TCU football takes the field for their first practice of 2017
The vision of watching the Ohio State Buckeyes at Amon G. Carter Stadium in Fort Worth was always for sale. It was a question of how much.
The answer is $5 million.
When TCU announced a home-and-home football series against the State University of Ohio back in 2012, the series was so far down the calendar it was hard to get excited about this home game. We are now one year away from Ohio State’s originally scheduled visit to Fort Worth in 2018. TCU was to return the visit in 2019 at the Horseshoe in Columbus, Ohio.
This is all past-tense, of course. On Thursday, it was announced that the home-and-home is now a one-gamer at Jerry World on Sept. 15, 2018.
This had been rumored for a while and both schools were handed $5 million to make this adjustment. There was no way TCU was going to, or should, turn down $5 million. TCU brings in about $1 million for a home game.
The loser in all of this announcement is, of course, the TCU fan.
It was a coup by TCU to land this series. Drawing Ohio State out of Columbus for a game in Fort Worth spoke volumes about TCU, and athletic director Chris Del Conte.
The series offered its fan base the chance to host a blue-blood national power that is routinely over the sport’s luxury tax. It was the chance for the TCU fan to watch their team play in one America’s great sports venues — the Horseshoe in Columbus.
In the place of this series, TCU announced it will instead play Purdue University in a home-and-home beginning in the paradise that is West Lafayette, Ind. in 2019.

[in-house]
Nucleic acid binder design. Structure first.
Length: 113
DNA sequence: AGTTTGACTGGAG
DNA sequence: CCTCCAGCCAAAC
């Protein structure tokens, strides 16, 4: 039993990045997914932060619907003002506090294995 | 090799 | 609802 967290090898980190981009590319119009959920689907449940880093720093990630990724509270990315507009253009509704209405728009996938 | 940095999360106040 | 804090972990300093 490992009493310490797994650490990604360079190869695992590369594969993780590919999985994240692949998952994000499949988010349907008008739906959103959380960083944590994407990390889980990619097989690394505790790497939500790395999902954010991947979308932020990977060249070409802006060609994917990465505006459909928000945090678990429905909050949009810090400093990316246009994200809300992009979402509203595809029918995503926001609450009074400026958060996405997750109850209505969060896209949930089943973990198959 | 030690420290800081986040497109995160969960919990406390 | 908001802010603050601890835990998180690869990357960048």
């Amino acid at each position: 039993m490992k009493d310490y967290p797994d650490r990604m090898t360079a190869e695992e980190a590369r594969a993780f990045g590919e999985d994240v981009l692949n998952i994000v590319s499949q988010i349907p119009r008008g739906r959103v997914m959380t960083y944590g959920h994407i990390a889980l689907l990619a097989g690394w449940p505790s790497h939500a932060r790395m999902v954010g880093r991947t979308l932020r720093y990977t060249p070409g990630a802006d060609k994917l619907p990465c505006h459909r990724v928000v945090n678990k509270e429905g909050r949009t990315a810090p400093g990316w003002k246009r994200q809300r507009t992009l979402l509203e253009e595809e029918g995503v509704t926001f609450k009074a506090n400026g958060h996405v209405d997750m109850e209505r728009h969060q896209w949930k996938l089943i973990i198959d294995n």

Yes, Purdue has a football team.
“Rather than chocolate cake, we’re going to serve you this delish’ chocolate covered shoe ... ”
Purdue will then come to Fort Worth in 2029, by which time all parties who agreed to this preposterous date will be elsewhere, or retired.
That a game for 2029 has been added to a schedule here in 2017 is all you need to know about the absurdity of college football scheduling.
No program in America has mastered the art of the “challenging” non-conference game better than Gary Patterson and TCU. They routinely find the mid to bottom team in a Power 5 conference and take their chances, usually to their benefit.
The trade in Thursday’s announcement benefits the TCU football team but not the TCU football fan.
Gary Patterson would always prefer a one-game in a situation like an Ohio State rather than a home-and-home. It’s Ohio State, which under head coach Urban Meyer has stockpiled talent like he did when he was at Florida and built an SEC-caliber team.
TCU was going to be an underdog in both games, and Gary knows these are the types of dates fans crave until they lose, and or their players suffer injury.
It was a reason why he had no trouble quickly turning a home-and-home series with LSU into a one-game date at Jerry World in 2013.
The fan loses out on the experience of watching a team like Ohio State come to their house and instead is handed a plate of Purdue. The change will likely net TCU a win, but would you trade that for a crack at Brutus in The Carter?
TCU will still play Ohio State, but it will be “neutral site” in name only; that’s what happened when TCU played LSU in ’13. Horned Frog fans will be dwarfed by Ohio State’s endless, and loyal, fan base that will follow their beloved Buckeyes to JerryWorld, to Mars, and anywhere else provided John Cooper is not the head coach.
TCU vs. Ohio State will be a nationally televised game and it’s always a coup to play Ohio State in any non-conference game away from Columbus, but Thursday’s announcement is a downer.
TCU had a wonderful home-and-home lined up with Ohio State, and sold it for $5 million.